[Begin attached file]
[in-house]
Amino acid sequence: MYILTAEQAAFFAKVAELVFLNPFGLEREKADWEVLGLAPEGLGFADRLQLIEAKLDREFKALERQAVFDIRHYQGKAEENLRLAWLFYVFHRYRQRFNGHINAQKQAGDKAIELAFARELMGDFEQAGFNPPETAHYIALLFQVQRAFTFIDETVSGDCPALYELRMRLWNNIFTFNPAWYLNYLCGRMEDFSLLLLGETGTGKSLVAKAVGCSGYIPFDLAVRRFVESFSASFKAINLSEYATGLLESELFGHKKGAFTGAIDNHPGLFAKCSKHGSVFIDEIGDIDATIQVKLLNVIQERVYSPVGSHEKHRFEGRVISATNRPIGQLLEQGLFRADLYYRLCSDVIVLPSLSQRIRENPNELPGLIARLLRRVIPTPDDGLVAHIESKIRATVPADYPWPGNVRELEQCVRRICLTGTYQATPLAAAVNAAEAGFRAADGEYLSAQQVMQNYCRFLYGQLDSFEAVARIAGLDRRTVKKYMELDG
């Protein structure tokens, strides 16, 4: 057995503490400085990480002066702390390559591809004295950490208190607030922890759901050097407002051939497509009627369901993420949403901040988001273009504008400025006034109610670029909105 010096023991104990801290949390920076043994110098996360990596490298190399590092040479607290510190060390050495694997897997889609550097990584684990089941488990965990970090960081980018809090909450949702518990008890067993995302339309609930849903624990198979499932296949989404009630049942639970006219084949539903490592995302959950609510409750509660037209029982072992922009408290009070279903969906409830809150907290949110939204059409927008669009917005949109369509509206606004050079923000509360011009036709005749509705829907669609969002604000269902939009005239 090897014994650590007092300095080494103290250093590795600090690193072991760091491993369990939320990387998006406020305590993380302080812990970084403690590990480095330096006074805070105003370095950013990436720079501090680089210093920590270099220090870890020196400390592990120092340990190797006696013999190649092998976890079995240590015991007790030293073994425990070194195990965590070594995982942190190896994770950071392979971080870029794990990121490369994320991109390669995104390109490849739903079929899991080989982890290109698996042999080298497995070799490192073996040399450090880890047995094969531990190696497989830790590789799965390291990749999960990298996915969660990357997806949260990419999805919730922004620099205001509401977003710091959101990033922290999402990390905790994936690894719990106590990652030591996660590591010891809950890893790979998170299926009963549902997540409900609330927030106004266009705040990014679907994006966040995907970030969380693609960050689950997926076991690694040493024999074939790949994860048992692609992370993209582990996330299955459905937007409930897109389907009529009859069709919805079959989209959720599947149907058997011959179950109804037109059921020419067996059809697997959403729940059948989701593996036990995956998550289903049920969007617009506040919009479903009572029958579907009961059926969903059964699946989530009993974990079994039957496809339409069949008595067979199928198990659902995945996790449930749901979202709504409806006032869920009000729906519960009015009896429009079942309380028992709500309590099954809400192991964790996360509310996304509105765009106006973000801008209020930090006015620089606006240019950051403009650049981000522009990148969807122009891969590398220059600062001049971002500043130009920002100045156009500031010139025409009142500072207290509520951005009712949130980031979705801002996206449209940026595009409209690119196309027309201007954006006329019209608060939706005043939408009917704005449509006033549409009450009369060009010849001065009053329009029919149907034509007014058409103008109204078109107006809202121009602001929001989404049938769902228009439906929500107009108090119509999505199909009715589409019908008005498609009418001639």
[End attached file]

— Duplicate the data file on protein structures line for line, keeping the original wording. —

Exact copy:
[in-house]
Amino acid sequence: MYILTAEQAAFFAKVAELVFLNPFGLEREKADWEVLGLAPEGLGFADRLQLIEAKLDREFKALERQAVFDIRHYQGKAEENLRLAWLFYVFHRYRQRFNGHINAQKQAGDKAIELAFARELMGDFEQAGFNPPETAHYIALLFQVQRAFTFIDETVSGDCPALYELRMRLWNNIFTFNPAWYLNYLCGRMEDFSLLLLGETGTGKSLVAKAVGCSGYIPFDLAVRRFVESFSASFKAINLSEYATGLLESELFGHKKGAFTGAIDNHPGLFAKCSKHGSVFIDEIGDIDATIQVKLLNVIQERVYSPVGSHEKHRFEGRVISATNRPIGQLLEQGLFRADLYYRLCSDVIVLPSLSQRIRENPNELPGLIARLLRRVIPTPDDGLVAHIESKIRATVPADYPWPGNVRELEQCVRRICLTGTYQATPLAAAVNAAEAGFRAADGEYLSAQQVMQNYCRFLYGQLDSFEAVARIAGLDRRTVKKYMELDG
């Protein structure tokens, strides 16, 4: 057995503490400085990480002066702390390559591809004295950490208190607030922890759901050097407002051939497509009627369901993420949403901040988001273009504008400025006034109610670029909105 010096023991104990801290949390920076043994110098996360990596490298190399590092040479607290510190060390050495694997897997889609550097990584684990089941488990965990970090960081980018809090909450949702518990008890067993995302339309609930849903624990198979499932296949989404009630049942639970006219084949539903490592995302959950609510409750509660037209029982072992922009408290009070279903969906409830809150907290949110939204059409927008669009917005949109369509509206606004050079923000509360011009036709005749509705829907669609969002604000269902939009005239 090897014994650590007092300095080494103290250093590795600090690193072991760091491993369990939320990387998006406020305590993380302080812990970084403690590990480095330096006074805070105003370095950013990436720079501090680089210093920590270099220090870890020196400390592990120092340990190797006696013999190649092998976890079995240590015991007790030293073994425990070194195990965590070594995982942190190896994770950071392979971080870029794990990121490369994320991109390669995104390109490849739903079929899991080989982890290109698996042999080298497995070799490192073996040399450090880890047995094969531990190696497989830790590789799965390291990749999960990298996915969660990357997806949260990419999805919730922004620099205001509401977003710091959101990033922290999402990390905790994936690894719990106590990652030591996660590591010891809950890893790979998170299926009963549902997540409900609330927030106004266009705040990014679907994006966040995907970030969380693609960050689950997926076991690694040493024999074939790949994860048992692609992370993209582990996330299955459905937007409930897109389907009529009859069709919805079959989209959720599947149907058997011959179950109804037109059921020419067996059809697997959403729940059948989701593996036990995956998550289903049920969007617009506040919009479903009572029958579907009961059926969903059964699946989530009993974990079994039957496809339409069949008595067979199928198990659902995945996790449930749901979202709504409806006032869920009000729906519960009015009896429009079942309380028992709500309590099954809400192991964790996360509310996304509105765009106006973000801008209020930090006015620089606006240019950051403009650049981000522009990148969807122009891969590398220059600062001049971002500043130009920002100045156009500031010139025409009142500072207290509520951005009712949130980031979705801002996206449209940026595009409209690119196309027309201007954006006329019209608060939706005043939408009917704005449509006033549409009450009369060009010849001065009053329009029919149907034509007014058409103008109204078109107006809202121009602001929001989404049938769902228009439906929500107009108090119509999505199909009715589409019908008005498609009418001639």